Finding a Church, Part II

A year ago to this date, I wrote the entry Finding a Church, voicing my frustration about the too difficult task of finding a new church family. So what has happened since?

In short: too little. We put paper behind our actions and moved our membership to the Café Church in Copenhagen, after realising that this was the church we were primarily attending, and we got tired of treading water. Being a member hasn’t changed everything, though. Sure, some things have grown to the better, but it’s still not a perfect match. I can still have doubts as to whether this is the right church for me. I still don’t feel fully a part of the fellowship. I still find myself unmoved way too often. And I still have a hard time figuring out what the church is and wants.

So what is wrong? It seems fair to start by blaming myself.

For one, my own personal spiritual life has been somewhat lagging. I know this may be a chicken-and-egg issue, but it certainly plays a part. For this reason or others I have never been fully enthusiastic, and I have maintained a degree of dissociation – just in case. I could probably also have done more on my own part to integrate myself. And I have definitely been too focused on what others should do, and what the church should do, instead of what I could do.

I have tried my hand at some involvement, though. Playing the piano has been one thing that I have helped out with a bit. And more recently, I have taken the initiative to raise the level of fellowship dinners. This project had its debut two weeks ago, and is a great success so far. More than anything else it was started because I see a need for closer integration between church members. Eating together could help.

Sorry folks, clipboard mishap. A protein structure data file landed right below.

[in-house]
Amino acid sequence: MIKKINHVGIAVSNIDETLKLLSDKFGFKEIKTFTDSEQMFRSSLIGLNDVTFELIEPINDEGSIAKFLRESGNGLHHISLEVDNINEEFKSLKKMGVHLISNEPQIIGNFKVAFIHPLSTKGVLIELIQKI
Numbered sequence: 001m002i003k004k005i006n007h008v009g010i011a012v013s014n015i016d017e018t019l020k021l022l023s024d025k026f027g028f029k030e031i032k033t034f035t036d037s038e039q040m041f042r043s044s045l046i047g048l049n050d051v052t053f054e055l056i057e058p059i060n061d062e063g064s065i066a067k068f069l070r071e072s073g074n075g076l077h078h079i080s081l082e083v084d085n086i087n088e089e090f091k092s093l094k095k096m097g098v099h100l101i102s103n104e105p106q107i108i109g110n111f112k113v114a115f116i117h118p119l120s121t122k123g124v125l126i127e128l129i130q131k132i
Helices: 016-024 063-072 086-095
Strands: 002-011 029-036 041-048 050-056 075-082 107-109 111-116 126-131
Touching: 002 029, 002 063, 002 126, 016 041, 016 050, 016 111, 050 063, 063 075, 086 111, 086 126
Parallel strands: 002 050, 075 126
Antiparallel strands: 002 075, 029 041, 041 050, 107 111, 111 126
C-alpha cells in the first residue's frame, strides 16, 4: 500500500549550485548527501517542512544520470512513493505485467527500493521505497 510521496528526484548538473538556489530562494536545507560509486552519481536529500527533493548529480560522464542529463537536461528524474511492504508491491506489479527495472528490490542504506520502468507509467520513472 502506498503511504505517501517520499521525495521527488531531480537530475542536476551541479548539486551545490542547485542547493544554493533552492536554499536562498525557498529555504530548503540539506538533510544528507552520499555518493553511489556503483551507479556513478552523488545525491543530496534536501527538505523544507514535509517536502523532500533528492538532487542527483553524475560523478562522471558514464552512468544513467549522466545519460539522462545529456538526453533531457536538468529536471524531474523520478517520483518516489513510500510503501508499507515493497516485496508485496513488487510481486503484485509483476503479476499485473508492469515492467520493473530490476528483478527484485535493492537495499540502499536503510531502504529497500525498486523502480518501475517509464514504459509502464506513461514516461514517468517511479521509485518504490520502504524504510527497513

My own failures may be the greatest. However, there are also points where I have not been impressed with the church. Some may be a matter of match – things that work out fine for others. If so, then by all means carry on. I don’t believe in one-size-fits-all churches. But here are my observations.

It has been surprisingly difficult to break into the social side of being church, i.e., making friends. Especially surprising since I knew a lot of people beforehand. There are one or two exceptions, but most of our meaningful relationships are with people we know from elsewhere and happen to meet at church. There are a lot of cliques in the Café Church, and most people seem content to be with their own.

I have grown increasingly indifferent to the worship. Some of this may be personal taste or lack of spiritual engagement on my part. But it’s very rare that I’m actually moved by anything that goes on in church. Which is kind of sad.

Finally, for all its merits and entrepreneurial achievements, this church still doesn’t have a clue what it wants. Sure, some individuals, even within the leadership, may have ideas and visions. But there’s no common goal. No shared vision. No long-term planning. Why does the church exist? To some it seems like the raison d’être of the Café Church is the fact that it’s different. It may be less explicit than previously, but there is still somehow a prevalent sense of “we’re better than the others because we’re different”. Wake-up call: you’re not all that different. At least not to merit this kind of separation. So what’s the point? Why are you here?

Frankly, I’m tired of having to choose between Café Church and traditional church. At least in the Copenhagen area the options are divided to a degree that doesn’t make sense. I feel at home in both settings, but would like to see someone aiming for the middle ground. Who will lead into a Third Way?

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Author: Kenneth Mollerup Birch

Living north of Copenhagen, Denmark. MA in Information Science. Interests include communication, internet, sociology, language, politics, religion, theology, travel, music, and food.

9 thoughts on “Finding a Church, Part II”

  1. I can relate to all the personal stuff/thoughts/feelings mentioned above (except for the church direction-thing, which has to do with the specifik church I attend right now). Especially I find it strange with the not-being-moved-thing while being an integrated part of the (best) worship team (ever), which get so much feed back from large numbers of people in the congregation telling how moved they are when worshipping.

    Having never experienced better and more modern local churches (spiritually/organisational) than the one I’m in right now, I still call it traditional and look for another way (what you describe as the third way).